Nearly a century before George Vancouver explored the area, a group of Haida people from Haida Gawaii – the former Queen Charlotte Islands – migrated to Prince of Wales Island. The first group settled at Kasaan on the east coast while others established villages on the west coast; in 1911 these villages came together at Hydaburg.
The village was incorporated in 1927 and governance passed to the Hydaburg Cooperative Association when it was founded in 1938. The HCA Mission is “to honor, strengthen and preserve our Haida Culture and Language through fostering healthy children and families who have pride and dignity in the community and culture, and by creating economic development opportunities for all our people.” This community appears to doing exactly that, with the HCA, the economic development-oriented Haida Corporation and The City of Hydaburg all playing a part.
At the time we were there, Hydaburg folks were busy planning for two major July celebrations. July 3rd and 4th are packed with races, parades and events to commemorate U.S. Independence Day. Each summer at the end of July, the Hydaburg Culture Camp brings together elders from this village and elsewhere to teach the Haida language, song, and dance and traditional skills of wood carving, weaving, beadwork, and food gathering and preparation. We were warmly welcomed to these festivities and hope to attend on a future cruise. In addition to organizing these events, Hydaburg folks will join their fellow tribe members at Kassan for the September 3, 2016 dedication of the Whale House.
Dominating the central water front in front of a large modern school, is Hydaburg’s totem park. The colorful poles are both intricate and bold. Some are well-preserved replicas of village poles that were carved in the 1930s while others are the work of contemporary artists. Recent years have seen a number of communal pole raisings. Master carvers remain busy in the Carving Shed at waters edge, sculpting works for the community’s new Tribal House being built nearby.
Hydaburg has a state-of-the-art complex of docks, floats, several hundred feet of breakwater with moorage space, and a boat launch with its own long float. While docks are well lighted, electric meters have not yet been installed at all slips and there are no restrooms or showers at the site. Hydaburg City Clerk Stacia Miller serves as Harbor Master. Phone her at 907.285.3761 to request moorage and pay fifty cents a foot at city hall. As there is currently excess capacity, cruisers are welcome to leave their boats over the winter. Hydaburg has excellent cell coverage; wifi is available at city hall and at the library in the school when it is open. There’s a small Alaska Commercial Company grocery, a health clinic, emergency medical service and a float plane dock but no fuel.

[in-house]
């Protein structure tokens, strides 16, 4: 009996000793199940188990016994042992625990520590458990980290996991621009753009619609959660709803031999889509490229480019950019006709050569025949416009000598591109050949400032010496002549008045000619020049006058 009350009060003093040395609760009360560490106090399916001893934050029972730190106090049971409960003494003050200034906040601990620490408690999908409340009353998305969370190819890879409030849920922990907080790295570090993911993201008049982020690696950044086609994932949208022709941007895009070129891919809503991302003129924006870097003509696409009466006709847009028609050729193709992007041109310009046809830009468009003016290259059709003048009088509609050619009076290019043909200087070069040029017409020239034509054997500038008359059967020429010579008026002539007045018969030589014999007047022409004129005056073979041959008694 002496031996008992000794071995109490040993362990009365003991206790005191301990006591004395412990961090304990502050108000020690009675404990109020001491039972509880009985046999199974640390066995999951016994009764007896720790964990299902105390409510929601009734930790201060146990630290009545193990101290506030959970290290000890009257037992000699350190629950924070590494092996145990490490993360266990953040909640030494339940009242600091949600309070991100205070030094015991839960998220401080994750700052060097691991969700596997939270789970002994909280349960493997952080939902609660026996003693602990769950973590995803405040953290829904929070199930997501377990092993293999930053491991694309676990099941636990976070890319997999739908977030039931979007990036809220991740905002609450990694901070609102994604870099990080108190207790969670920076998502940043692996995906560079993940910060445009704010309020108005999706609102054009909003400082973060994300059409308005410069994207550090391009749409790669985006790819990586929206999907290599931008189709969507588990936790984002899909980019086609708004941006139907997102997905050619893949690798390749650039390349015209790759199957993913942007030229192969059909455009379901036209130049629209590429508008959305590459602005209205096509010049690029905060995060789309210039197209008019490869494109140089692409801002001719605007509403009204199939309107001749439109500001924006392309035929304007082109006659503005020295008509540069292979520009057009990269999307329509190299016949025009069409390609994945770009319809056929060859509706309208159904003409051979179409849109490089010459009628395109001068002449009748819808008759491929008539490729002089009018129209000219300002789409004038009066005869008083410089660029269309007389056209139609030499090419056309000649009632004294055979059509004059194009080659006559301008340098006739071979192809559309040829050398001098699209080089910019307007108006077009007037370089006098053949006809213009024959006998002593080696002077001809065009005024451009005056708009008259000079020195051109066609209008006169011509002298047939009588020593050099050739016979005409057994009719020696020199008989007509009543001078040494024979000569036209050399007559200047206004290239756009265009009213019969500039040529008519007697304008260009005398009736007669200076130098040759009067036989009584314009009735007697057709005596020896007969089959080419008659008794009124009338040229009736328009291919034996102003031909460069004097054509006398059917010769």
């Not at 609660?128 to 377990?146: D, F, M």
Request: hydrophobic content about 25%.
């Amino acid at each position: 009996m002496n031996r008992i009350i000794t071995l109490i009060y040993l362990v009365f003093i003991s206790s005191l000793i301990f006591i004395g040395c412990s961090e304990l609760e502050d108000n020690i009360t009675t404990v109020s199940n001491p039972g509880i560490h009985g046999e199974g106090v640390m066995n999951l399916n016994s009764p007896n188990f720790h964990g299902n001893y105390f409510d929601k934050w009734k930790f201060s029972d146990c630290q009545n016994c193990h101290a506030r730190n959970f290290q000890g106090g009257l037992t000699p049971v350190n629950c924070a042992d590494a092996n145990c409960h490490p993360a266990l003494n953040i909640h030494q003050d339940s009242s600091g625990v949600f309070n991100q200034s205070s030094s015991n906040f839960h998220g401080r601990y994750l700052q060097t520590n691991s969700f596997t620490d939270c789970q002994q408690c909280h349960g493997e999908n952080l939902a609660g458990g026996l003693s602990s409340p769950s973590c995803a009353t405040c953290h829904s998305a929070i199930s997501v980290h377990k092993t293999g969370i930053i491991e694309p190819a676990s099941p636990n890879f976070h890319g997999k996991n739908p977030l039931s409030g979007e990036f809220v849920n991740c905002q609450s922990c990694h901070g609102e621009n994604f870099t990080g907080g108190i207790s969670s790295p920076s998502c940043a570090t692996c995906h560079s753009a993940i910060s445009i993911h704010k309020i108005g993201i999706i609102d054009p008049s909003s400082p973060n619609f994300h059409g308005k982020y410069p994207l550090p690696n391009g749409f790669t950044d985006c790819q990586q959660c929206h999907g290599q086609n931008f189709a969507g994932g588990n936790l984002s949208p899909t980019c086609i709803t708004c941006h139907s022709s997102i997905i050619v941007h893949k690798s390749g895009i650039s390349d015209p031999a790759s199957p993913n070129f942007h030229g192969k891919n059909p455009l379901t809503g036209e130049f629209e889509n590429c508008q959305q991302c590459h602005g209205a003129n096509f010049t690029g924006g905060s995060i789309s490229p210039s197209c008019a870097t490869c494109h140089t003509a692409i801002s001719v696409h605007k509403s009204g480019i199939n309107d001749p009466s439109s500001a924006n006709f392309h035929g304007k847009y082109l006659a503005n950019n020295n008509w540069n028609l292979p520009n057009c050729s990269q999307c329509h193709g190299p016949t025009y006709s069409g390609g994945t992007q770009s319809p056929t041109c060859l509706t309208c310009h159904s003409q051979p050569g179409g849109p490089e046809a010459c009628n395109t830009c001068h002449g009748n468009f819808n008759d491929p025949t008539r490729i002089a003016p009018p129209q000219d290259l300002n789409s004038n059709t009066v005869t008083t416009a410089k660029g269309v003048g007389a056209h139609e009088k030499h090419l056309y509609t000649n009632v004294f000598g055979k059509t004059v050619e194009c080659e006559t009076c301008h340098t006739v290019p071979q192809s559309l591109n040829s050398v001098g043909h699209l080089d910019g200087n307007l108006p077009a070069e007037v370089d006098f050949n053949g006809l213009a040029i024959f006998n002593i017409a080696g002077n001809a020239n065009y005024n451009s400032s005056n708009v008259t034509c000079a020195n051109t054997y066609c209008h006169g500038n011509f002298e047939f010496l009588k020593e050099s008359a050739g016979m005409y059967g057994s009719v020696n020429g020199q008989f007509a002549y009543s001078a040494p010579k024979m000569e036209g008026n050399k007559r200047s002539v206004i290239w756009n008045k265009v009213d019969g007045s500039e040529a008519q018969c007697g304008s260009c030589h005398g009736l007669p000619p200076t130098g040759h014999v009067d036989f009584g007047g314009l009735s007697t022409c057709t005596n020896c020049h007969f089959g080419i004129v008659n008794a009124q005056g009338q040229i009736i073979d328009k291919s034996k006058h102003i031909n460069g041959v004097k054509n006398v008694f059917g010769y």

Getting to and from Prince of Wales Island
Crossing US-Canadian border requires approval from customs and border authorities before proceeding to other coastal areas. Northbound cruisers must pass U.S. Customs at Ketchikan, Alaska and southbound cruisers must pass Canadian Border Services at Prince Rupert, B.C. It’s important to become familiar with current official procedures as well as guidelines for navigating large ship traffic into and out of these two key ports.
Ketchikan lies 82 nautical miles north of Prince Rupert, a logical stop following the long passage along the coast before crossing the open waters of Dixon Entrance. Check tides and currents if you plan to exit Prince Rupert via the narrow and shallow Venn Passage.
After crossing Dixon, weather conditions and/or boat speed may make it advisable to anchor in US waters enroute to Ketchikan. This, however, requires prior approval from US Customs and Border Protection. You may contact US authorities in Ketchikan from Prince Rupert or by phone from your boat. The number is 907.225.2254. U.S. Customs officials normally approve overnights at Foggy Bay and will expect to see you the next day.
As soon as you tie up at a Ketchikan dock, all crew must remain on the boat until you receive clearance. U.S. Customs officials have always visited our boat to check our passports and personally welcome us. The wait has never been very long, particularly at Ketchikan’s Thomas Basin, which is adjacent to the federal building. You’ll probably want to spend the night before continuing up Tongass Narrows to Chatham Strait and the east coast of Prince of Wales Island.
This requirement to enter the United States at Ketchikan and Canada at Prince Rupert is why most cruisers take a counter-clockwise route around Prince of Wales.
Cruisers leaving the west coast of Prince of Wales can anchor at the south tip of the Island before crossing the open waters where the Gulf of Alaska and West Dixon Entrance. Nicholas Bay offers good protection but be aware of poorly charted rocks beyond the main channel. Nichols Bay is miles from the Canadian border and just north of Haida Gawaii. Unfortunately the protected wilderness and rich First Nations culture of these islands can only be accessed after entering Canada at Prince Rupert.